9. Šontaitė-Petkevičienė, M.; Grigaliūnaitė, R. The use of cause-related marketing to build good corporate reputation? Organizacijų Vadyba 2020, 83, 127–141.
  10. Moosmayer, D.C.; Fuljahn, A. Consumer perceptions of cause related marketing campaigns. Consum. Mark. 2010, 27, 543–549.
  11. Liston-Heyes, C.; Liu, G. A study of non-profit organisations in cause-related marketing. J. Market. 2013, 47,1954–1974.
  12. Chang, C.T.; Chu, X.Y. The give and take of cause‐related marketing: Purchasing cause-related products license consumer indulgence. Acad. Mark. Sci. 2020, 48, 203–221.
  13. Zhang, A.; Scodellaro, A.; Pang, B.; Lo, H.Y.; Xu, Z. Attribution and effectiveness of cause-related marketing: The interplay between cause-brand fit and corporate reputation. Sustainability 2020, 12, 8338.
  14. Heller, G.; Hechtman, J. Corporate sponsorships of sports and entertainment events: Considerations in drafting a sponsorship management agreement. Marquette Sports Law Rev. 2000, 11, 23–40.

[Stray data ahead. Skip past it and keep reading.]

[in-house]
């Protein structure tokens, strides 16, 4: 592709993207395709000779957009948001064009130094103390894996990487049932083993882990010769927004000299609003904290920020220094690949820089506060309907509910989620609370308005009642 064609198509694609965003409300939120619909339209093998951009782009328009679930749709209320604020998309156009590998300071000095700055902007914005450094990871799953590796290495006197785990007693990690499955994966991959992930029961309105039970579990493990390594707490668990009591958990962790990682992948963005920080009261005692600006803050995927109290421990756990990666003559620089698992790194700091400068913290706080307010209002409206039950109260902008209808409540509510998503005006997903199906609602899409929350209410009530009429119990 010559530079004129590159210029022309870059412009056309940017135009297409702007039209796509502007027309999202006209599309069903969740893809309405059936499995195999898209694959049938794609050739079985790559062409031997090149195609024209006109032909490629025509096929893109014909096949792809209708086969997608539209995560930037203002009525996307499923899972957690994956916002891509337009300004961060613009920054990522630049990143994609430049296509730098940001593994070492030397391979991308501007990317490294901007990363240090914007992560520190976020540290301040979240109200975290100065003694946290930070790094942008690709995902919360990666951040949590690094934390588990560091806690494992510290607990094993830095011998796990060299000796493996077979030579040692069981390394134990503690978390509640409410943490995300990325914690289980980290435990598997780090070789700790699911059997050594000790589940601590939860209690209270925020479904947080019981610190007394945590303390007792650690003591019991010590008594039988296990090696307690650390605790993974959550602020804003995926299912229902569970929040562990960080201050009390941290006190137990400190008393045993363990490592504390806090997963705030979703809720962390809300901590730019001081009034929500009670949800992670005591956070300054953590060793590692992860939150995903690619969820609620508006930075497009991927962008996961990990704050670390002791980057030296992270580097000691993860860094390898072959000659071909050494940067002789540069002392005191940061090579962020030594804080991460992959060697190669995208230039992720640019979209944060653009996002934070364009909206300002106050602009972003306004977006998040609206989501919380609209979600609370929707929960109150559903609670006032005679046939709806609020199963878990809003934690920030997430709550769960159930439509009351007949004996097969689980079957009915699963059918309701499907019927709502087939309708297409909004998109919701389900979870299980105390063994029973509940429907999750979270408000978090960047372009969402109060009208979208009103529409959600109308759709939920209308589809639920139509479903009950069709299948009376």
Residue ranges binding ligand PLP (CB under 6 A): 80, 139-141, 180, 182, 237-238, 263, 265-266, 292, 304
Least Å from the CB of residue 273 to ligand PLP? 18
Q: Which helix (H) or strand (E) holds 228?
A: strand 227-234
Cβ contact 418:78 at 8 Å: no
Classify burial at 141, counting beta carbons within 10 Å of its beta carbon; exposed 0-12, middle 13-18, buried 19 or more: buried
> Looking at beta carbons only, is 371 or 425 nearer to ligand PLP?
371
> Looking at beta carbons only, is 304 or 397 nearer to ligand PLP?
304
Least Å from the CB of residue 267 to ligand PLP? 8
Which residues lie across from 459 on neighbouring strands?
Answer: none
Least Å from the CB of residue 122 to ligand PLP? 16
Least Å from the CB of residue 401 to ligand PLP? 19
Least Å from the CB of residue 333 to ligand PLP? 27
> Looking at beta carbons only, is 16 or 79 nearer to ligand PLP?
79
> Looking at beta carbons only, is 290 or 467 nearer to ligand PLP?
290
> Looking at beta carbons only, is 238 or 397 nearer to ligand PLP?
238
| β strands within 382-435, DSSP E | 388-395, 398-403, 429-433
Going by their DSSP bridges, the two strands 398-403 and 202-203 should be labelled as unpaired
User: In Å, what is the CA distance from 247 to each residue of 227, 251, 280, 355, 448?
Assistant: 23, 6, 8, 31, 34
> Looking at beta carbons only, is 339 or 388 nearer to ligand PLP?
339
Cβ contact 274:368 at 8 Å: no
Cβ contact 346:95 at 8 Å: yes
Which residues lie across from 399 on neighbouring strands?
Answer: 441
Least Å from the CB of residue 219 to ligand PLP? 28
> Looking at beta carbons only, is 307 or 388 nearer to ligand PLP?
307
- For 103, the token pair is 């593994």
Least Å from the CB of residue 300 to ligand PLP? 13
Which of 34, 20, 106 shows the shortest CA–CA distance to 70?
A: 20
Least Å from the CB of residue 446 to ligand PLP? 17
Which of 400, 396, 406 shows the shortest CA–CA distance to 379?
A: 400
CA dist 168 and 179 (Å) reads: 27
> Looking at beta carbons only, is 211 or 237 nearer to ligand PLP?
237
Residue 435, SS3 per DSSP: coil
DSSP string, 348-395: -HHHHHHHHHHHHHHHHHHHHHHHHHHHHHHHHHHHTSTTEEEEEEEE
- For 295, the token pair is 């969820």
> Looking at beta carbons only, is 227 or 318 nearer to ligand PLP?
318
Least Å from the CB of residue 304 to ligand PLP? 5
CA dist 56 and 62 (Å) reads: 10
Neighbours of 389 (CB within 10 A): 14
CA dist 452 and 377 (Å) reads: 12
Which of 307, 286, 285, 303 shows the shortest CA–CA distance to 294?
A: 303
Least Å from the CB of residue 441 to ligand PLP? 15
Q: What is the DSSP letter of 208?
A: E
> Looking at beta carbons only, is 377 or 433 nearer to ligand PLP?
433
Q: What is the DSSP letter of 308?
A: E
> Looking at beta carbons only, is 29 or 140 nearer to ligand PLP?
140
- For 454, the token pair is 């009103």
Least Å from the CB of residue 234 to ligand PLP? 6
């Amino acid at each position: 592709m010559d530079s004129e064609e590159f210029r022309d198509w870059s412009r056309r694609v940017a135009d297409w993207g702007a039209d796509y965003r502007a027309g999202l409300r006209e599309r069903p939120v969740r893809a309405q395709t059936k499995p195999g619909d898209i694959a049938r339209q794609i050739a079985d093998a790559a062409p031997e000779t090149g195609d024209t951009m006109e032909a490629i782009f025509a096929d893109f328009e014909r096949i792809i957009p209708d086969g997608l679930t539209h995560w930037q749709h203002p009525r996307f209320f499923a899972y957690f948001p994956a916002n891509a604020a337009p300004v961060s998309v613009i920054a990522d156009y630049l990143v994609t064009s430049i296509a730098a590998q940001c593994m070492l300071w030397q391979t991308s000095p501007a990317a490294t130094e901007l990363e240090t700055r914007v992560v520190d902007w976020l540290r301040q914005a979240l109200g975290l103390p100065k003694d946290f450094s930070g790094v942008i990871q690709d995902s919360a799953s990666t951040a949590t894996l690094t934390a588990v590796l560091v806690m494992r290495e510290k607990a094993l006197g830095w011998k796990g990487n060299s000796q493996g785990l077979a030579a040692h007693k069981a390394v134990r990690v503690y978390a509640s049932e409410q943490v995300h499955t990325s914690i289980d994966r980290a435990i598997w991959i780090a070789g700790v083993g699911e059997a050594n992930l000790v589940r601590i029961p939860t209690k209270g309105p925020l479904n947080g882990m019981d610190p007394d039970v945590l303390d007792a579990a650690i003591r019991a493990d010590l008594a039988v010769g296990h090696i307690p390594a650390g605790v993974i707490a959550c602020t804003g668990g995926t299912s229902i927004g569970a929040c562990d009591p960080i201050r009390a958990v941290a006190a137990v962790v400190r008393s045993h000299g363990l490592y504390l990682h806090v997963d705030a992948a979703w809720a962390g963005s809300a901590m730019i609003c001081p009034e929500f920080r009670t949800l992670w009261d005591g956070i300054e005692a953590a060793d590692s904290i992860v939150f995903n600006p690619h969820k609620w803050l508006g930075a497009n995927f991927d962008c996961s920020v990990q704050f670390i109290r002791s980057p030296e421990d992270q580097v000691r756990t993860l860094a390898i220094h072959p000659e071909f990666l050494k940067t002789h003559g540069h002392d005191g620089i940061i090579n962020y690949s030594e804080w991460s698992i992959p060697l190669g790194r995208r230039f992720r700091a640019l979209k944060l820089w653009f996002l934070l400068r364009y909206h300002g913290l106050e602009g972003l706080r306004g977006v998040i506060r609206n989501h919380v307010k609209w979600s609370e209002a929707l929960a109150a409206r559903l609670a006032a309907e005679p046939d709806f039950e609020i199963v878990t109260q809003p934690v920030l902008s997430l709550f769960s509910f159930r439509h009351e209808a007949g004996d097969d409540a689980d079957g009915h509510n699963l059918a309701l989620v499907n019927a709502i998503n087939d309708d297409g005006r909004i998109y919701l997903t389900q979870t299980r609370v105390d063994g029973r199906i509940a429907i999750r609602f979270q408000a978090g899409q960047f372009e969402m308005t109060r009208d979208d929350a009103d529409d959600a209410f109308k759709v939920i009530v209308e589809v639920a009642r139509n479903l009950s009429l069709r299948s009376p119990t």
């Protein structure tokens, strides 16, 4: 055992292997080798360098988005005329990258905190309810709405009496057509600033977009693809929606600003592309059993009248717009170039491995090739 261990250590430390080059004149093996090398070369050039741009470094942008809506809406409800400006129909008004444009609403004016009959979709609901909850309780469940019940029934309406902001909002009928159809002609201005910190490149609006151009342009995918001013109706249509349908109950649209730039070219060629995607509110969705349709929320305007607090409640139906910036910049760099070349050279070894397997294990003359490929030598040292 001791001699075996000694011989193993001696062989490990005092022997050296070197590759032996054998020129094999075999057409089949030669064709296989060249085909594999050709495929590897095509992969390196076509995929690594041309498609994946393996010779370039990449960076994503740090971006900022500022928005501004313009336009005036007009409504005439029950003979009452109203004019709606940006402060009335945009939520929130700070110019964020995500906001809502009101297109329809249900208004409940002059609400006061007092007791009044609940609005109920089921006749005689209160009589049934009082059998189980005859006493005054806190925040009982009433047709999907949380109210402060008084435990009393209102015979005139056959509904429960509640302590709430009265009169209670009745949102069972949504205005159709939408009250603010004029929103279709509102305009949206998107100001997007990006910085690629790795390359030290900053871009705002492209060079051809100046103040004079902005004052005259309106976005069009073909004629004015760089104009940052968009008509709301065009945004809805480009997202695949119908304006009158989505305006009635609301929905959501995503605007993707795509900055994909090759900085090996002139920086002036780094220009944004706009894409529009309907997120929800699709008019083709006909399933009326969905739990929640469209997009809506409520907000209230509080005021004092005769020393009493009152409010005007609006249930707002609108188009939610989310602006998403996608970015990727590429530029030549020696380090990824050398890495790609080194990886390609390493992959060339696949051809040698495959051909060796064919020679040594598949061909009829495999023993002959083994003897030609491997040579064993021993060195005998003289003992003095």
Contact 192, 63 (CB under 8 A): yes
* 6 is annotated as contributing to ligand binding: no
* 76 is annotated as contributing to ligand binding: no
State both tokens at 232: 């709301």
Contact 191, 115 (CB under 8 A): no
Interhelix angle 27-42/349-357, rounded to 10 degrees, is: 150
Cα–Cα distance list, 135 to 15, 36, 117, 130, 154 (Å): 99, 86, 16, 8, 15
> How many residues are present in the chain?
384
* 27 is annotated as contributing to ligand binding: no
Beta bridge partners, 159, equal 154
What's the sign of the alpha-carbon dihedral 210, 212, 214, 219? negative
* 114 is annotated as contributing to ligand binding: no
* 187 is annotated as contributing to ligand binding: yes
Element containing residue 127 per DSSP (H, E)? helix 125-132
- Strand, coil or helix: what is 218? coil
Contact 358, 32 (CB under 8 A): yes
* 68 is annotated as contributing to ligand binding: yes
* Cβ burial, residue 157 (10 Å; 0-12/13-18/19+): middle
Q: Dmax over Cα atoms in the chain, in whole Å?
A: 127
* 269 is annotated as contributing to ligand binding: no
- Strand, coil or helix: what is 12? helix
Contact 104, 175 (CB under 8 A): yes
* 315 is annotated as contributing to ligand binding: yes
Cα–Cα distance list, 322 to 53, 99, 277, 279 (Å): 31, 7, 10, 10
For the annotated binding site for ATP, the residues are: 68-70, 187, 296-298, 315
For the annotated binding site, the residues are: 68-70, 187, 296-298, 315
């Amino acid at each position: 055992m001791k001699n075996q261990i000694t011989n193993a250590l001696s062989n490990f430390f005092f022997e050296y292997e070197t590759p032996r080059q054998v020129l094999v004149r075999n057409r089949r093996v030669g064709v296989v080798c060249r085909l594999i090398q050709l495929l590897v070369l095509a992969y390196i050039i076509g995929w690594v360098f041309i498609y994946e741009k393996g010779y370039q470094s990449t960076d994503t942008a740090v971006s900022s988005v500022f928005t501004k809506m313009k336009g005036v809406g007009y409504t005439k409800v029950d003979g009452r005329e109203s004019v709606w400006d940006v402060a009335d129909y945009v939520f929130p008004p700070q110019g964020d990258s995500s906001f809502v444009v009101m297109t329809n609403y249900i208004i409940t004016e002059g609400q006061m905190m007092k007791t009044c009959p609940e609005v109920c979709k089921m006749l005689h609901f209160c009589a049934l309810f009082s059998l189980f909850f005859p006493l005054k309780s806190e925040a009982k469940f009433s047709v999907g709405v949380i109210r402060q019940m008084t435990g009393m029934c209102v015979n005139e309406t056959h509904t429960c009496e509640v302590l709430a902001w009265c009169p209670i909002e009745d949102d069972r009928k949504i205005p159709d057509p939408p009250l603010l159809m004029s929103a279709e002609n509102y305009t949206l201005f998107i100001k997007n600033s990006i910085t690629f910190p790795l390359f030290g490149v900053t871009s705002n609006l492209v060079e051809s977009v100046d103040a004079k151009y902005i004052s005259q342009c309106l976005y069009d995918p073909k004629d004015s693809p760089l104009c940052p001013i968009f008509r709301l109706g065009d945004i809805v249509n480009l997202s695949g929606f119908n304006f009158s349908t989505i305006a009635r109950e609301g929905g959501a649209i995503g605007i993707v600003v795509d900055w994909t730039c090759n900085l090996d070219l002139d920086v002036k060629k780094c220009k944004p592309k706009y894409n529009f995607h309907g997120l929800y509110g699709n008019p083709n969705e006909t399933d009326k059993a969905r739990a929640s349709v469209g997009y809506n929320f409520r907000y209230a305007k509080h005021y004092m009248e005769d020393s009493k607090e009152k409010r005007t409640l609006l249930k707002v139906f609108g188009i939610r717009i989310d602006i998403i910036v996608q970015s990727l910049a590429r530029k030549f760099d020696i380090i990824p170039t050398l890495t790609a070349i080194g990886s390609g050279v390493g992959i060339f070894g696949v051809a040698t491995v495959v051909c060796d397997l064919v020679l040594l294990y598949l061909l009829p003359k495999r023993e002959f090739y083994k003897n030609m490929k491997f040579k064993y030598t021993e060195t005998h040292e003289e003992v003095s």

15. Yun, J.T.; Duff, B.R.L.; Vargas, P.; Himelboim, I.; Sundaram, H. Can we find the right balance in cause-related marketing? Analyzing the boundaries of balance theory in evaluating brand-cause partnerships. Mark. 2019, 36, 989-1002.
  16. Youn, S.; Kim, H. Temporal duration and attribution process of cause-related marketing: Moderating roles of self-construal and product involvement. J. Advert. 2018, 37, 217–235.
  17. Vlachos, P.A.; Koritos, C.D.; Krepap, A.; Tasoulis, K.; Theodorakis, I.G. Containing cause-related marketing skepticism: A comparison across donation frame types. Reput. Rev. 2016, 19, 4–21.
  18. Lafferty, B.A.; Edmondson, D.R. A note on the role of cause type in cause-related marketing. Bus. Res. 2014, 67, 1455–1460.